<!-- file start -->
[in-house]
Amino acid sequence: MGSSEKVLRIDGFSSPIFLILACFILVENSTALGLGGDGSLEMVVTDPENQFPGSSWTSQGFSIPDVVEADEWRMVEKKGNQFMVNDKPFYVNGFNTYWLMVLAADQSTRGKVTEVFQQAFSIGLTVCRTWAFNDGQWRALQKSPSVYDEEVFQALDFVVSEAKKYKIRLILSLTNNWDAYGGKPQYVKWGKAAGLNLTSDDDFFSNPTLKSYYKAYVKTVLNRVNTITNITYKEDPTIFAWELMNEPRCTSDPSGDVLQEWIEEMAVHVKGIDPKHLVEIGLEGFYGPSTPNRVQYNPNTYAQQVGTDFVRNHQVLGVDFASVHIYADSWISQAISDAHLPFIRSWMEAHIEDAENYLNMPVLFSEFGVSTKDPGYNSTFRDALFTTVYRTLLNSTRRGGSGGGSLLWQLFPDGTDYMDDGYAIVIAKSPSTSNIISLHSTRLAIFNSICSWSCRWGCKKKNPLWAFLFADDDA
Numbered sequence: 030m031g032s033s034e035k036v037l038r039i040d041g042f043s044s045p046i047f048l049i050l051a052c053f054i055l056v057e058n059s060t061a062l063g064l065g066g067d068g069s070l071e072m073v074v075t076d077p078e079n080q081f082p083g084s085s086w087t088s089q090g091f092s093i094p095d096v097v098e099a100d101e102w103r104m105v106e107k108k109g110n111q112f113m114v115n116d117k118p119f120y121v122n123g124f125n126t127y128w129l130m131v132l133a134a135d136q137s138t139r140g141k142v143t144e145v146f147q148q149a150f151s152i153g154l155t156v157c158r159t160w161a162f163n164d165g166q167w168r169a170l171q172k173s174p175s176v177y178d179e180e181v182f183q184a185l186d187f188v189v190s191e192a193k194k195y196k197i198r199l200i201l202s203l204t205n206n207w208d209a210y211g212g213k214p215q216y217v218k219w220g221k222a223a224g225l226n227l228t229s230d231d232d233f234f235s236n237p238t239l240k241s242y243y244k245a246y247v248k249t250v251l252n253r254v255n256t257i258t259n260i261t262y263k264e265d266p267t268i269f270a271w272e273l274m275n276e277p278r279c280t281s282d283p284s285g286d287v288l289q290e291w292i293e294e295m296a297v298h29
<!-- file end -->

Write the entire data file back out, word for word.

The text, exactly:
[in-house]
Amino acid sequence: MGSSEKVLRIDGFSSPIFLILACFILVENSTALGLGGDGSLEMVVTDPENQFPGSSWTSQGFSIPDVVEADEWRMVEKKGNQFMVNDKPFYVNGFNTYWLMVLAADQSTRGKVTEVFQQAFSIGLTVCRTWAFNDGQWRALQKSPSVYDEEVFQALDFVVSEAKKYKIRLILSLTNNWDAYGGKPQYVKWGKAAGLNLTSDDDFFSNPTLKSYYKAYVKTVLNRVNTITNITYKEDPTIFAWELMNEPRCTSDPSGDVLQEWIEEMAVHVKGIDPKHLVEIGLEGFYGPSTPNRVQYNPNTYAQQVGTDFVRNHQVLGVDFASVHIYADSWISQAISDAHLPFIRSWMEAHIEDAENYLNMPVLFSEFGVSTKDPGYNSTFRDALFTTVYRTLLNSTRRGGSGGGSLLWQLFPDGTDYMDDGYAIVIAKSPSTSNIISLHSTRLAIFNSICSWSCRWGCKKKNPLWAFLFADDDA
Numbered sequence: 030m031g032s033s034e035k036v037l038r039i040d041g042f043s044s045p046i047f048l049i050l051a052c053f054i055l056v057e058n059s060t061a062l063g064l065g066g067d068g069s070l071e072m073v074v075t076d077p078e079n080q081f082p083g084s085s086w087t088s089q090g091f092s093i094p095d096v097v098e099a100d101e102w103r104m105v106e107k108k109g110n111q112f113m114v115n116d117k118p119f120y121v122n123g124f125n126t127y128w129l130m131v132l133a134a135d136q137s138t139r140g141k142v143t144e145v146f147q148q149a150f151s152i153g154l155t156v157c158r159t160w161a162f163n164d165g166q167w168r169a170l171q172k173s174p175s176v177y178d179e180e181v182f183q184a185l186d187f188v189v190s191e192a193k194k195y196k197i198r199l200i201l202s203l204t205n206n207w208d209a210y211g212g213k214p215q216y217v218k219w220g221k222a223a224g225l226n227l228t229s230d231d232d233f234f235s236n237p238t239l240k241s242y243y244k245a246y247v248k249t250v251l252n253r254v255n256t257i258t259n260i261t262y263k264e265d266p267t268i269f270a271w272e273l274m275n276e277p278r279c280t281s282d283p284s285g286d287v288l289q290e291w292i293e294e295m296a297v298h29